Mike with Shan troops. He saw a country which is changing rapidly but whose people remain suspicious of their rulers' intentions
The Today programme's Mike Thomson has recently returned from Burma, an often secretive country which is now showing signs of opening up to democracy and the outside world. Listen to his reports here.
Mike arrived in Burma a week before its people went to the polls after a period of unprecedented change after a succession of democratic reforms. A once secretive and isolated state, ranked among President Bush's "axis of evil" nations like North Korea and Iran, is now opening up after a succession of democratic reforms and election fever is taking over.
Aung San Suu Kyi's National League for Democracy won at least 40 of the 45 seats contested in Burma's by-elections, according to local officials. The outcome will have little effect on the balance of power in the short term, but she says they mark the start of a new era in Burma.
Hillary Clinton, the US Secretary of State, has announced an easing of sanctions against Burma following the by-elections on Sunday, most of which were won by Aung San Suu Kyi's party the National League for Democracy. The poll followed six months of reforms by the country's once reviled government which have included the release of many political prisoners, relaxations on media censorship and peace deals with several ethnic rebel groups. But will these reforms continue? In his latest report from the country our correspondent Mike Thomson has been granted a rare interview with a monk who co-led the so-called "Saffron revolution" of 2007.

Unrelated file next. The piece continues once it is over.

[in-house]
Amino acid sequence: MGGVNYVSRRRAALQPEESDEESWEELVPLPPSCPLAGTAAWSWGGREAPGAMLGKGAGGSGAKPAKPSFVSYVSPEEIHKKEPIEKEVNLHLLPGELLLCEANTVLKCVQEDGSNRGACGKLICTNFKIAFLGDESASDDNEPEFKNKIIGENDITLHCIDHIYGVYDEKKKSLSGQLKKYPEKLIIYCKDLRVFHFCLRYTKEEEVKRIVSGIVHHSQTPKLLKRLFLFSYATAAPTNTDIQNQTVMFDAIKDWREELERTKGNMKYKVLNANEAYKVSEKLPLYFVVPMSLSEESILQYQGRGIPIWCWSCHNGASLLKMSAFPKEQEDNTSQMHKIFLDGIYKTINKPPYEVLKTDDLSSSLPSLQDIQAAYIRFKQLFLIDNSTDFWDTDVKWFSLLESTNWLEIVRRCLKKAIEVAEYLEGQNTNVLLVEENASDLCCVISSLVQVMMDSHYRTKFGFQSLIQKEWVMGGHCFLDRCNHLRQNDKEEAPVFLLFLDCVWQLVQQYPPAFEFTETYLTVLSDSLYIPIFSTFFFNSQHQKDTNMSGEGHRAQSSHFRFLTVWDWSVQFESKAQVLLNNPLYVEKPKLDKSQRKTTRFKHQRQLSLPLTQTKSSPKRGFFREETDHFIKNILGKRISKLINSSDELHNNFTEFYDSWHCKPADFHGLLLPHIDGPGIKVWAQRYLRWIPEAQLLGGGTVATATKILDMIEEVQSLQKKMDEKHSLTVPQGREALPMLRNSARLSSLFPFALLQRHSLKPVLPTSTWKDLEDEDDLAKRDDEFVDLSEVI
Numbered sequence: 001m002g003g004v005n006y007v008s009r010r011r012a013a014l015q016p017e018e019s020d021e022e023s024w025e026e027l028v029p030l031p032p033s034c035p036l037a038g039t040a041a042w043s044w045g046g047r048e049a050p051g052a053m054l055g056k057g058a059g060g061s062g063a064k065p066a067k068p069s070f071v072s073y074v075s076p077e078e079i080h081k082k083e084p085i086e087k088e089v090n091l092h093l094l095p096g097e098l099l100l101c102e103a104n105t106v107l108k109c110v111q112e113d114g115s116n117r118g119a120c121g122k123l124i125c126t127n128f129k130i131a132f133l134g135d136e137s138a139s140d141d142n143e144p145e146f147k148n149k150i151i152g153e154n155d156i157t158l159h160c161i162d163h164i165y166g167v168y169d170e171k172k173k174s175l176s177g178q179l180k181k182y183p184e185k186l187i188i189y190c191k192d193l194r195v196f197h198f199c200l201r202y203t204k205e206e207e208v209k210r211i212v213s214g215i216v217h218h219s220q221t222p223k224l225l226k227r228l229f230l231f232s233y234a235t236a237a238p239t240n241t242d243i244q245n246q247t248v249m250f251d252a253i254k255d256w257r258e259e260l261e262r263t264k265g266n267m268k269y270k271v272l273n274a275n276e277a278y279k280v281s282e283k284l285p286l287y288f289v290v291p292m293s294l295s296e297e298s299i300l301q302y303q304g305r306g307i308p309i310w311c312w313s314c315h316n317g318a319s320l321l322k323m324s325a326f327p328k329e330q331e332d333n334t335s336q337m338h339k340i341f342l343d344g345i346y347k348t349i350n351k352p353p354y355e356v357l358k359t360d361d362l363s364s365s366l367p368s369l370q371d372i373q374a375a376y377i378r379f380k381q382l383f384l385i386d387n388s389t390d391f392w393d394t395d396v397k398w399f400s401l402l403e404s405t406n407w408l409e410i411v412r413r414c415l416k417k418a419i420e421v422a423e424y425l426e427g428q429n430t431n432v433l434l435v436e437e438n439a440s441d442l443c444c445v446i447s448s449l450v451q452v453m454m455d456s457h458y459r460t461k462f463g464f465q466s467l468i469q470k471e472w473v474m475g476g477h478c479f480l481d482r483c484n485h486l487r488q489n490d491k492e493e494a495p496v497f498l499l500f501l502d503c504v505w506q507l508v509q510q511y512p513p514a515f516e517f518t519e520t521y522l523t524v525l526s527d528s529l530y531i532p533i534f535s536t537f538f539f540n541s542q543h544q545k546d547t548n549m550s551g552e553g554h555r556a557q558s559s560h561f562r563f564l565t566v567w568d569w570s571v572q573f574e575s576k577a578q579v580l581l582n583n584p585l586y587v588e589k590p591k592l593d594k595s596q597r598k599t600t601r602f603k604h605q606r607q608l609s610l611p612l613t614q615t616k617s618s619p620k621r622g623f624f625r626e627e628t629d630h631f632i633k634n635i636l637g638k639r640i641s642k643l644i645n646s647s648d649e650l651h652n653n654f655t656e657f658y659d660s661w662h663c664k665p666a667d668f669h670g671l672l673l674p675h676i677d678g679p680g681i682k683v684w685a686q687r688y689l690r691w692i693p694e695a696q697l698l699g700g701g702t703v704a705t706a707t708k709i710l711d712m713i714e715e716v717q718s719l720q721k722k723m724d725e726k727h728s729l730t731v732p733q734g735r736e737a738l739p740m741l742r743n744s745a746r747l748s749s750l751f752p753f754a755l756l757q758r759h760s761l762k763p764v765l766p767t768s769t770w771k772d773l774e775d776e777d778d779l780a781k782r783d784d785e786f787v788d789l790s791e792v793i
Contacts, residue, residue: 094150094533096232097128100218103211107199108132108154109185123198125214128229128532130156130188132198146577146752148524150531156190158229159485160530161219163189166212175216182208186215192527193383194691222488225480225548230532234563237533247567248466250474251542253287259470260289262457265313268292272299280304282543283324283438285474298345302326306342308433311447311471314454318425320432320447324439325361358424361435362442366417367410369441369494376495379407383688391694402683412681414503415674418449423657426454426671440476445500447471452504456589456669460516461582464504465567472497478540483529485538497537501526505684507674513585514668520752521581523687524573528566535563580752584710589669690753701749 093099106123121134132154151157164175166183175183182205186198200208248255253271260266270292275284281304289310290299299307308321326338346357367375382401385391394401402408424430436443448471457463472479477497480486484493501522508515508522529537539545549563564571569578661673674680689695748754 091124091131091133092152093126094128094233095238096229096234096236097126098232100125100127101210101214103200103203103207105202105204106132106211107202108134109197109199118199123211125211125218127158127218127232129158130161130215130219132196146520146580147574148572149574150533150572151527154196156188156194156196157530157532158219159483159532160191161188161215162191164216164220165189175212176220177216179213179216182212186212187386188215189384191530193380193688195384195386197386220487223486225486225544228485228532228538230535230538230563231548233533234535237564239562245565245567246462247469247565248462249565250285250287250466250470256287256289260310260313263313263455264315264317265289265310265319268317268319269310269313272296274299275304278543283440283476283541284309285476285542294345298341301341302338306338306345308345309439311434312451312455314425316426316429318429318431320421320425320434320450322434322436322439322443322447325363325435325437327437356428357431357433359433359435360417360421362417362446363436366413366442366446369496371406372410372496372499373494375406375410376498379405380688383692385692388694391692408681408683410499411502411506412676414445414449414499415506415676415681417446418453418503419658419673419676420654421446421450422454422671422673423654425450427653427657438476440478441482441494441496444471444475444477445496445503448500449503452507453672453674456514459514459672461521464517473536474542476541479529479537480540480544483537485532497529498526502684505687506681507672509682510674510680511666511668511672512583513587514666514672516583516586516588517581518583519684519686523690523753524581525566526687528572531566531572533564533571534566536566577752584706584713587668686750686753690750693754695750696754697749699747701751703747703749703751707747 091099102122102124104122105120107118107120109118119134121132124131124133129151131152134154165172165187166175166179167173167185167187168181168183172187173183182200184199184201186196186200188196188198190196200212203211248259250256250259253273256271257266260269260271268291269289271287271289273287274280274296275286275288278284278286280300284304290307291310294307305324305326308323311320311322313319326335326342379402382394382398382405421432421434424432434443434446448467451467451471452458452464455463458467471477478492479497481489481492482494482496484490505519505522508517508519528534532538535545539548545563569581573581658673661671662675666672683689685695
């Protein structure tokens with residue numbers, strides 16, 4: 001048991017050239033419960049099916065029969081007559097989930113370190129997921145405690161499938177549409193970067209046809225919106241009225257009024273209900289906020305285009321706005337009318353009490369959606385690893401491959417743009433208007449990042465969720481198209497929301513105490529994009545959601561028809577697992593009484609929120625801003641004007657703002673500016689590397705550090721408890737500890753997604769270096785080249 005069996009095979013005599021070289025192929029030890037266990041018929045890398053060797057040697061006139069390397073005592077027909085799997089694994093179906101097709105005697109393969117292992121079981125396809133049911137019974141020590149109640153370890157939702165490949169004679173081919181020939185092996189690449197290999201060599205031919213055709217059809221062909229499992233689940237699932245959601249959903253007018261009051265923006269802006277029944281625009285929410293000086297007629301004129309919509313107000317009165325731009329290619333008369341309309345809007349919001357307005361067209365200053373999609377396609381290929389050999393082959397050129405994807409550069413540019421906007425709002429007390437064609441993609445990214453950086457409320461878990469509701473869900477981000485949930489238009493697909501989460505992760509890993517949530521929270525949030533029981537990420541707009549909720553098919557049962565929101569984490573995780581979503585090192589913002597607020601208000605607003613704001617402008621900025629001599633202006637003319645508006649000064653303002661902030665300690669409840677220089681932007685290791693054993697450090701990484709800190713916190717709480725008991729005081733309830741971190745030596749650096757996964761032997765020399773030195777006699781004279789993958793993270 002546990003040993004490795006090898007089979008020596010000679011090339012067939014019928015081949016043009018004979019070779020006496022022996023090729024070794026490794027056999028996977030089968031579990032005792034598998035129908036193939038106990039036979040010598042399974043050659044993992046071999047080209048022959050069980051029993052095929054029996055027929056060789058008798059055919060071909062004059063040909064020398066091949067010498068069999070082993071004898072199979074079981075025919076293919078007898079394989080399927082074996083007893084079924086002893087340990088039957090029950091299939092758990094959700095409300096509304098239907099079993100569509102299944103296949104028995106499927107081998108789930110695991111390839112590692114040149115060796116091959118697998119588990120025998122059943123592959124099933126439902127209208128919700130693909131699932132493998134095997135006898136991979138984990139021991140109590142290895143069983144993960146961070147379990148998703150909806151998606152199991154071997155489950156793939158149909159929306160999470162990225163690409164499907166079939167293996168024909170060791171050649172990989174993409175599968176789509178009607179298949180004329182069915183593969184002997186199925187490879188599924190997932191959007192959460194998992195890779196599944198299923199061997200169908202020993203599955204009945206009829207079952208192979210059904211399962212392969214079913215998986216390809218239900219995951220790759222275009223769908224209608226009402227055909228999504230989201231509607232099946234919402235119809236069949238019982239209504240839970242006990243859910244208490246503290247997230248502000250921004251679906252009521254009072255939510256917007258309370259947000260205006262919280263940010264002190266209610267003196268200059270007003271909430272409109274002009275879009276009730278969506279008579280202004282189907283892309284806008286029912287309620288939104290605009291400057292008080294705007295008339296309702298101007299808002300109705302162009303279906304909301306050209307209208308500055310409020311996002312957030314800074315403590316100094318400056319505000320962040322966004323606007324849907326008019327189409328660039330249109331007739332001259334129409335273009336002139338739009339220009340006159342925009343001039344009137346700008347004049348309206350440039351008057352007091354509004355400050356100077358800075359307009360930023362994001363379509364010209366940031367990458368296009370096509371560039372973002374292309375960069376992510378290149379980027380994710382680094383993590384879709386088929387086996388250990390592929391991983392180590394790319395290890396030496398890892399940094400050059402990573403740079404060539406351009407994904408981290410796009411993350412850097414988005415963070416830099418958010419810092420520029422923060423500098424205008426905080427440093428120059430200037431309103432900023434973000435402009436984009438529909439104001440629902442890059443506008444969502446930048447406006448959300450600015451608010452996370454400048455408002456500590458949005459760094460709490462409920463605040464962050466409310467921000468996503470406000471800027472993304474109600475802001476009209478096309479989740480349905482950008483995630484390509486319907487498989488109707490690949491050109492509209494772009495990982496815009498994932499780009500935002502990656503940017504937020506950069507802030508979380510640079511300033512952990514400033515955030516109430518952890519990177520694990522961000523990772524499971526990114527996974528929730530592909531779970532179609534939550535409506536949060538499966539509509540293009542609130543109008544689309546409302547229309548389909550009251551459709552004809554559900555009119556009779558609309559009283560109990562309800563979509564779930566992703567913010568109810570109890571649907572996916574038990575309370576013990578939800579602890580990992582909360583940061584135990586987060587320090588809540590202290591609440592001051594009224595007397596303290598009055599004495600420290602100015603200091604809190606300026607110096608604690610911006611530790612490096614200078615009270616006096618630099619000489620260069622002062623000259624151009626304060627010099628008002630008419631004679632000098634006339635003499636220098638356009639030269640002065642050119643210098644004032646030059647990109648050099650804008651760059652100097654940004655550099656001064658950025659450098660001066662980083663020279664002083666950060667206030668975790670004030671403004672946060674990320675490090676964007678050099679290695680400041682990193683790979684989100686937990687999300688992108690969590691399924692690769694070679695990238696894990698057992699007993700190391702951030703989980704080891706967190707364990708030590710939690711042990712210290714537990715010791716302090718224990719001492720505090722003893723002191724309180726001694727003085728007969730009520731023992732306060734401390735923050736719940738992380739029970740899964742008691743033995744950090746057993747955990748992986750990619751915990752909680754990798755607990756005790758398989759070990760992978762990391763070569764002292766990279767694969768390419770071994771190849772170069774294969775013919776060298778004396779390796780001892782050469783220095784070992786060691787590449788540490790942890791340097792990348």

Burma's elections last weekend have focused world attention on the country's political system but what about everyday life there? Have the democratic reforms that have swept this member of former President Bush's so called "axis of evil" been matched by economic and social ones?
Much has been made over the last week of Burma's march towards democracy following Aung San Suu Kyi's election victory. But the country's much trumpeted democratic reforms have done little to help Burma's Muslim Rohingya people, who have been described as among the most persecuted on earth. Now denied citizenship, they cannot travel without special permits and are frequently stripped of their homes and land. They are forbidden from having more than two children and any who marry without permission face long jail terms.
There are new hopes that Burma's ethnic wars could finally be nearing an end after decades of bloody conflict. This weekend Burma's President Thein Sein met with one of the country's largest ethnic groups in what's seen as one of the biggest steps towards peace yet undertaken. The Today programme's Mike Thomson reports from Burma's Shan State.
Karen rebels in Burma have met the president, Thein Sein, for the first time in what's seen as a big step towards resolving one of the world's longest conflicts. The Today programme's Mike Thomson reports after returning from Burma while Baroness Glenys Kinnock, chair of the all-party parliamentary group for democracy in Burma, reflects on what this says about moving towards democracy.
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